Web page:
Thoughts for No One in Particular

Be a happy crybaby

So, I hear the World Happiness Report for 2017 is out. How did your country fare on the happiness ranking? Do you agree with the results?


I have only skimmed through it, but frankly, I was surprised my country fared much better than I expected. On any given day, I look around and I find my people always complaining about something.

Maybe about not having enough time or money to do the things they want to do.

Maybe about working long hours for little pay and show of respect, or studying long hours with no less anxiety and no more certainty about the future.

Maybe about having aching bodies and absent minds.

Maybe about nagging parents, frustrating partners, or irritating children.

Maybe about having no freedom to choose (but when given freedom, the complaint turns into having too many choices!).


Most of us do not live in poverty or hunger, terror, or solitude, but we still have much to complain, so I thought that my people must be a generally deeply unhappy population. But the Report reminded me that our unhappiness is nothing compared to that of the many other countries ranked below us.


I am not trying to say that we are in any way qualitatively better off because we are ranked higher – the Report only ranks countries by quantifying “happiness” according to their predefined variables. But I get the feeling that, whereas the lower ranked countries are unhappy about the quantity of “happiness,” we are unhappy with the quality of “happiness.” If we were asked how happy or unhappy we are with how much we have, I think we would have jumped up a few more places.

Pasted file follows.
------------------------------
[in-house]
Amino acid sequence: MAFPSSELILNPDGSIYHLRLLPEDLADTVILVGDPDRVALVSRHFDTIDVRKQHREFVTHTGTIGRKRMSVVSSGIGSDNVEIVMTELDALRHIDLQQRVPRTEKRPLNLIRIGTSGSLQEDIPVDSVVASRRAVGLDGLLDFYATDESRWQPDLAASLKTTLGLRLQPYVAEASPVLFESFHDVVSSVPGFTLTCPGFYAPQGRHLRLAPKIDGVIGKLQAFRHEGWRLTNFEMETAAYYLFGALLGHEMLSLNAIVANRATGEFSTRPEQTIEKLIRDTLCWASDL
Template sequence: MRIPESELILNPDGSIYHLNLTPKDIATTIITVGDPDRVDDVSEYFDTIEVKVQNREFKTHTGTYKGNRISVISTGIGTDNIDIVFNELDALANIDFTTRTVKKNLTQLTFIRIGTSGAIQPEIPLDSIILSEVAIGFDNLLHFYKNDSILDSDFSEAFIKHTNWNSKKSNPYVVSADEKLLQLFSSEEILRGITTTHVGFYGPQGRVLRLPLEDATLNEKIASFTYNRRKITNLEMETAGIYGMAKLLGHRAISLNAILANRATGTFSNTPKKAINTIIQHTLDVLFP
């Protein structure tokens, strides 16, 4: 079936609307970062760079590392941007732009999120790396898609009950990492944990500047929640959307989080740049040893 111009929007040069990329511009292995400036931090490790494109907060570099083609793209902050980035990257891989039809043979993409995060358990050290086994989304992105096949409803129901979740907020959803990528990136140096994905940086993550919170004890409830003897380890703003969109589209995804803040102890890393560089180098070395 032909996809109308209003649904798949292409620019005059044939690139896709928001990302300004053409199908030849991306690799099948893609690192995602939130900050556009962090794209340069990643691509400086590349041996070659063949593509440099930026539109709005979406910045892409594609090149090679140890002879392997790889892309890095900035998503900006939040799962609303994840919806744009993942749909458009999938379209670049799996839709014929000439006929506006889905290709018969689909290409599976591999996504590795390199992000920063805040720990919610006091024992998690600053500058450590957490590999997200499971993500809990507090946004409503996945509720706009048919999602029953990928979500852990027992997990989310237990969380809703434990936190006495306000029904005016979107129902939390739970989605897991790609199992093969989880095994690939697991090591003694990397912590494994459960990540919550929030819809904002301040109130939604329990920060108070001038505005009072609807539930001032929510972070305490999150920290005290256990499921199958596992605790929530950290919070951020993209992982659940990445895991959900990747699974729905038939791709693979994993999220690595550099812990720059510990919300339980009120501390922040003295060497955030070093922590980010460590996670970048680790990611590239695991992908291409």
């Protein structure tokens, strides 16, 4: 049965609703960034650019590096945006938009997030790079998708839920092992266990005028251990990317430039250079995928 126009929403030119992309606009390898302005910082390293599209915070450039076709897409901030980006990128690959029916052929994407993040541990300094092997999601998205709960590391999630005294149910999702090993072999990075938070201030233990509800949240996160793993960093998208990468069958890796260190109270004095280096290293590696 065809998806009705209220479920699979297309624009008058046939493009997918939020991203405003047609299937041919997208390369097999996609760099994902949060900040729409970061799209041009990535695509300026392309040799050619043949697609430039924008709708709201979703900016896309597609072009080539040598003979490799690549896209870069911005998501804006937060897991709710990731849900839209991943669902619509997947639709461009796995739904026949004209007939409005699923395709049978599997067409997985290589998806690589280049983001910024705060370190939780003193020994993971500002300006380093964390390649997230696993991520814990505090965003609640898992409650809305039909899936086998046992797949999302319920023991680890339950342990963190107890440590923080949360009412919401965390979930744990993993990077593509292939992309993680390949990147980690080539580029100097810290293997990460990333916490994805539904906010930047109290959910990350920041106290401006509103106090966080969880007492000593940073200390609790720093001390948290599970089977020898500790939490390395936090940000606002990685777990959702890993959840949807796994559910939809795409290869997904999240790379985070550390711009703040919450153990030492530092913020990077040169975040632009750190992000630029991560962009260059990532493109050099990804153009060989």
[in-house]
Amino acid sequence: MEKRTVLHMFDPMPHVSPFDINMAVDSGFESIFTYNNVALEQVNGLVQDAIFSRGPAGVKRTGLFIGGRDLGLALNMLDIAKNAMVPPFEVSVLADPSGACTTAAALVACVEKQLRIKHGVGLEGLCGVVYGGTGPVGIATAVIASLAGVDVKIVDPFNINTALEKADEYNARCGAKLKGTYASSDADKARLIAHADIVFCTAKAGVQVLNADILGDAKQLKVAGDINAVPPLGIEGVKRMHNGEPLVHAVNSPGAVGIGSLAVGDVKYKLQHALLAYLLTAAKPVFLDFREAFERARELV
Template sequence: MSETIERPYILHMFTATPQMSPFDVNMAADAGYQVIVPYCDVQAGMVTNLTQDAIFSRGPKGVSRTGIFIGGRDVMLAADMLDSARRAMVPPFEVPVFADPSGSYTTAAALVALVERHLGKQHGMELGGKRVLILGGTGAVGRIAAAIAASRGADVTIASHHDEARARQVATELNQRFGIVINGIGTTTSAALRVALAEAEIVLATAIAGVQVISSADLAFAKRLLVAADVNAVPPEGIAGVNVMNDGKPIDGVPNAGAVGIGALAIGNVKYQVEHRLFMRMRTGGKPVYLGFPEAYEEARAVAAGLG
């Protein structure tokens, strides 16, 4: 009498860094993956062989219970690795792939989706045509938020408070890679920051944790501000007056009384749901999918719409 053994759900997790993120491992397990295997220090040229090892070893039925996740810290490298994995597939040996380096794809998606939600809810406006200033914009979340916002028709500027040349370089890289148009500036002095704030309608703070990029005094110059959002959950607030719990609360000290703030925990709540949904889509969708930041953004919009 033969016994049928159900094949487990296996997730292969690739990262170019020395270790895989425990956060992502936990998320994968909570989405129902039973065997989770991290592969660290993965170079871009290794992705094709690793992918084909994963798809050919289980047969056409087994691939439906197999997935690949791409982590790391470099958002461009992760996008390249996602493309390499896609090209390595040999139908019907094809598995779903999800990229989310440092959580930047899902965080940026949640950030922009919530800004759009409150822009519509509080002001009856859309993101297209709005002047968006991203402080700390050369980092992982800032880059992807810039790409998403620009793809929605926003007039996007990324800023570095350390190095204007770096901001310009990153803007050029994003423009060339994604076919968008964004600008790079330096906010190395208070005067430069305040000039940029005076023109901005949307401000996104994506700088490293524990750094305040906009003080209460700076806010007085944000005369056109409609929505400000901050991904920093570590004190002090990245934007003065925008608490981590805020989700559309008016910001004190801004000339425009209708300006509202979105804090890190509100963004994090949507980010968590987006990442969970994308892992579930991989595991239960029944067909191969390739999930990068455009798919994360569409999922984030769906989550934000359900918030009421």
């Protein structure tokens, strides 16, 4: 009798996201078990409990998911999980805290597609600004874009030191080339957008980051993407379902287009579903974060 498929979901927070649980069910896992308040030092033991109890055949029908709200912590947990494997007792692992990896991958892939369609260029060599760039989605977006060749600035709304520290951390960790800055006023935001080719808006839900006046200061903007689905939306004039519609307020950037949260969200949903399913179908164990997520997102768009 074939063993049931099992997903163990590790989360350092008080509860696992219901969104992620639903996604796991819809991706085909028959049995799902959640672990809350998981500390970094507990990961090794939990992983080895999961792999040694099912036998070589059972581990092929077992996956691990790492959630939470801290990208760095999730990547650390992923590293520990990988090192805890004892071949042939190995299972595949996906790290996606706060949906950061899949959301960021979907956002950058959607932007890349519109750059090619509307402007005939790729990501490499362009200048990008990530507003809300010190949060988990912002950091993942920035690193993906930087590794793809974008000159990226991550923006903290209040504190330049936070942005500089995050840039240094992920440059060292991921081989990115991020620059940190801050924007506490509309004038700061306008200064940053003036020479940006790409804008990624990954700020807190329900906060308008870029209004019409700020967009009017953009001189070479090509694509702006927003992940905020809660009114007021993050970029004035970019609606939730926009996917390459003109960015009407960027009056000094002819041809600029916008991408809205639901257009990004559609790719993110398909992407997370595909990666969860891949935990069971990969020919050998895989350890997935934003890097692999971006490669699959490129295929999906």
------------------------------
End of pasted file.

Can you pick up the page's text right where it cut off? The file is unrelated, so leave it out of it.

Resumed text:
But, whether or not we are complaining in the same manner, we all complain because we are alive and we want to live better. And I believe that, as long as we are alive, we will always have a chance at grabbing hold of a better life. We will have to try hard for it, no doubt, but no chance will ever come around if we stop living.


I do not think that always complaining about something is necessarily a bad thing.

Maybe it is a good sign that you are aware of what is keeping you from being happy.

Maybe it will clarify what you need to do to remove or overcome the obstacles to happiness.

And maybe it will motivate you to dream bigger and try harder… and live fuller.


Whenever I complained about something, my grandmother used to say “you must be a very happy child to have so much to complain about!” I used to think she was simply being ironic, but I think I am beginning to understand what she really meant by it – I must be alive and well if I can find so many things in life I have room to improve!


The month of March is Suicide Prevention Month in my homeland. I want to tell everyone who is contemplating ending their life because they are generally deeply unhappy: keep complaining long enough, and you, or someone else who hears your complaints, will eventually grab a chance for you to make your life better. Please do not think that you cannot be happy living – I am living proof that you can be a happy crybaby!


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